New leadership roles for women alters LDS mission culture, hints at deep, long-term ramifications
The sister training leaders in the Las Vegas mission also look up to President Neider's wife, Rosemary, who under the changes made a year ago has added responsibilities. Several of the missionaries said they now hope someday to serve as the wife of a mission president, too.
"Exchanges are the best place for training," said President Neider, who served as second counselor in the church's Young Men General Presidency from 2004 to 2009. "One exchange can change a missionary's mission."
On Thursday, one hour into a companion exchange, two sister missionaries in the Utah Provo Mission stop at the end of a driveway to gather themselves after one appointment falls through and three efforts to contact other people fail. At the end of a driveway, they check out Sister Aubrey Allen's iPad and decide to drop in on Kira Amann, a young newlywed who lives nearby.
"Should we say a prayer?" asks Sister Ricelia Magaña, 21, a sister training leader who has brought a bag of clothes and a pillow to spend the night in Orem with Allen, 20. Allen agrees, and the two fold their arms, bow their heads and stand in their brown, leather boots on a pockmarked sidewalk five feet from a large, black garbage can. Allen asks Heavenly Father for the opportunity to speak with and serve Amann.
The sisters finish praying, then walk past one house to the corner. There they find Amann in an oversized blue coat, jeans and white sneakers raking leaves in her yard. Magaña can't help herself, and she asks Amann if she heard them praying.
She hadn't, but she smiles at the missionaries. Allen asks if they can help with the yard, but Amann protests, calling it a big job. Magaña insists, and Allen says service creates some of her favorite times as a missionary. Eventually, they settle on a time Allen can come back with a total of eight missionaries to tackle the chore.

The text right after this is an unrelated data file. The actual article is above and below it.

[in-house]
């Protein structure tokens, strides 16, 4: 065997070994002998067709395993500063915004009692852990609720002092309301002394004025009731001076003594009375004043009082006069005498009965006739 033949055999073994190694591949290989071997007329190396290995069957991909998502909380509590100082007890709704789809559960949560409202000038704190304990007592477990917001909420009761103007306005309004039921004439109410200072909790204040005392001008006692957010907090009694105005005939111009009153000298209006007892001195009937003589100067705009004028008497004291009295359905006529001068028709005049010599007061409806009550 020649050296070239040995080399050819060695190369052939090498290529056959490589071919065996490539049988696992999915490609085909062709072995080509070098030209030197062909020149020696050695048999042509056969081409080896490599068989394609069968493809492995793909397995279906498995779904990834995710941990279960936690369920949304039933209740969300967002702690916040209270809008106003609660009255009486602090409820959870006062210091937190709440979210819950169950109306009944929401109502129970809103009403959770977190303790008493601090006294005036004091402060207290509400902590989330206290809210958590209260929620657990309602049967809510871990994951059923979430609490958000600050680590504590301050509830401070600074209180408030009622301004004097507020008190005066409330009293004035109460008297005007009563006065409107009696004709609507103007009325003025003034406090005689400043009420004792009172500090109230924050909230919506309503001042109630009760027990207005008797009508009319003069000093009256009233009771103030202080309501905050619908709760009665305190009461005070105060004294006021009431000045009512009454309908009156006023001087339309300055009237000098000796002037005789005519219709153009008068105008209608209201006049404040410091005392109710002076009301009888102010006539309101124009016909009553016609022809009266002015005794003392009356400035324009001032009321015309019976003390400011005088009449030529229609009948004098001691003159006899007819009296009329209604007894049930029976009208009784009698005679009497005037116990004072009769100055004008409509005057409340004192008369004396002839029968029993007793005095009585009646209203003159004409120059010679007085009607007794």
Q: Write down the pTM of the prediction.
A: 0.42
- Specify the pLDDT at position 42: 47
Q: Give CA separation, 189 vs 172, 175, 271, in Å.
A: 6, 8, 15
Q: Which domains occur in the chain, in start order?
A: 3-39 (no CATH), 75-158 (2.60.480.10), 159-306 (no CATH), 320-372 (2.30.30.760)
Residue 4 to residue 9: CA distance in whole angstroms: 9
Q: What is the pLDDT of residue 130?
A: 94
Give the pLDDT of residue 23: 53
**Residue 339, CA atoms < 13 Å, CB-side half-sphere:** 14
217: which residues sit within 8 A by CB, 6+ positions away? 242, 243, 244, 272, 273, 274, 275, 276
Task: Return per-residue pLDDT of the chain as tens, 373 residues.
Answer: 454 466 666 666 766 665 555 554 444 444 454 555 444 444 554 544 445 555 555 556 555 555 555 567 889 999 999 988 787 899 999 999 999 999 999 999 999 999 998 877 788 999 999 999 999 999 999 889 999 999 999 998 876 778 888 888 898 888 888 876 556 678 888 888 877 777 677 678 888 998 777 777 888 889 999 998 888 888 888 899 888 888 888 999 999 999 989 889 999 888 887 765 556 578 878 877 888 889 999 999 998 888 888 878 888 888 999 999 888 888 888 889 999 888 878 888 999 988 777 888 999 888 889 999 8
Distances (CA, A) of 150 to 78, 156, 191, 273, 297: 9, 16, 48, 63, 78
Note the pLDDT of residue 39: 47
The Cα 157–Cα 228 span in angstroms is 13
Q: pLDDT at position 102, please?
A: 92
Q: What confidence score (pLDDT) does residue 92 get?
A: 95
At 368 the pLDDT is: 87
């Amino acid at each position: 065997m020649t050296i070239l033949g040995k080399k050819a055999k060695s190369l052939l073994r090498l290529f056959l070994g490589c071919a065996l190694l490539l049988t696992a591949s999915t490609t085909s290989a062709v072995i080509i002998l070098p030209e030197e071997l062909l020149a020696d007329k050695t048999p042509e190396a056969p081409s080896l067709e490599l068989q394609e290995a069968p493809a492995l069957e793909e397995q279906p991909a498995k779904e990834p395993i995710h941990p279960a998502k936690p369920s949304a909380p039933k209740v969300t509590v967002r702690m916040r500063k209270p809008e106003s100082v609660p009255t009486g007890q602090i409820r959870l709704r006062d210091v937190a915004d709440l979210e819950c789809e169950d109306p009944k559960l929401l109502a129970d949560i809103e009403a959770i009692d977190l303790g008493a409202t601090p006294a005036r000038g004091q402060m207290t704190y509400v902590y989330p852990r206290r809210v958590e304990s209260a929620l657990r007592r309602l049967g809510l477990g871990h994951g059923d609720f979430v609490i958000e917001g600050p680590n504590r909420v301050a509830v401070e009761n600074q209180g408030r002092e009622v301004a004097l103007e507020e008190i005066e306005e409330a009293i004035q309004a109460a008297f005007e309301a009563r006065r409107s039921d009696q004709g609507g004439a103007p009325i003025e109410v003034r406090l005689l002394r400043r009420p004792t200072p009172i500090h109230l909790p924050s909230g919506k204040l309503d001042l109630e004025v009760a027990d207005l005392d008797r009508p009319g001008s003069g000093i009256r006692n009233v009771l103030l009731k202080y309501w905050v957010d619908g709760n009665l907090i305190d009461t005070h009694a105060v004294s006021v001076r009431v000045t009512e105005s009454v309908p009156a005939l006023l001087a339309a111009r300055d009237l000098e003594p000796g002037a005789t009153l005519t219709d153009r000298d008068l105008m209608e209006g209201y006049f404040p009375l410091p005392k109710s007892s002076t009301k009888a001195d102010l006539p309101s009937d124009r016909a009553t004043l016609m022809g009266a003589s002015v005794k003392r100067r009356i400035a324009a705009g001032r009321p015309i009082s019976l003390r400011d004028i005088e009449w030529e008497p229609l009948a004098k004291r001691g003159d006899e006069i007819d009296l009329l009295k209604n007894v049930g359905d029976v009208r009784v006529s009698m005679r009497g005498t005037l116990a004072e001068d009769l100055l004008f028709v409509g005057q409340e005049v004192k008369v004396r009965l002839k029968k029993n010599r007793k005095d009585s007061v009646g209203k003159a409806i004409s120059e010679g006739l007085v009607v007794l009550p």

"Go back inside," Allen says. "We got this." All three women laugh happily. They hug, and the missionaries move on.
Allen, a self-described go-getter who has dealt with anxiety in the past, tells Magaña she will write about the moment that night in her journal, where she keeps a "miracle of the day" entry.
"When I'm having a hard time, I look really hard for miracles," she says. "Seeing all the miracles helps. I think to myself, 'You know, I'm doing a good job!’ ”
Magaña asks Allen what things stress her out. Appointments falling through, Allen says, or she and her companion teaching people who aren't progressing toward faith. Later, she'll confide in a reporter that it's nerve-wracking to have a sister training leader come to her area, because she feels responsible to have appointments in place and to stay busy to represent her companionship well.
"I always want to go to the training leader's area so the pressure's off me," Allen says.
Magaña senses this on her own and reassures Allen consistently and gently.
"I want her to know she's my priority," Magaña says. "A leader serves. I want to be there when she needs me. This week in mission leadership council we learned it's important to assume the best about missionaries. They've given up their time to serve the Lord, so he trusts them. We should love them and trust them, too. We fulfill our responsibilities as sister training leaders because of our love for the Lord and our love for the missionaries."
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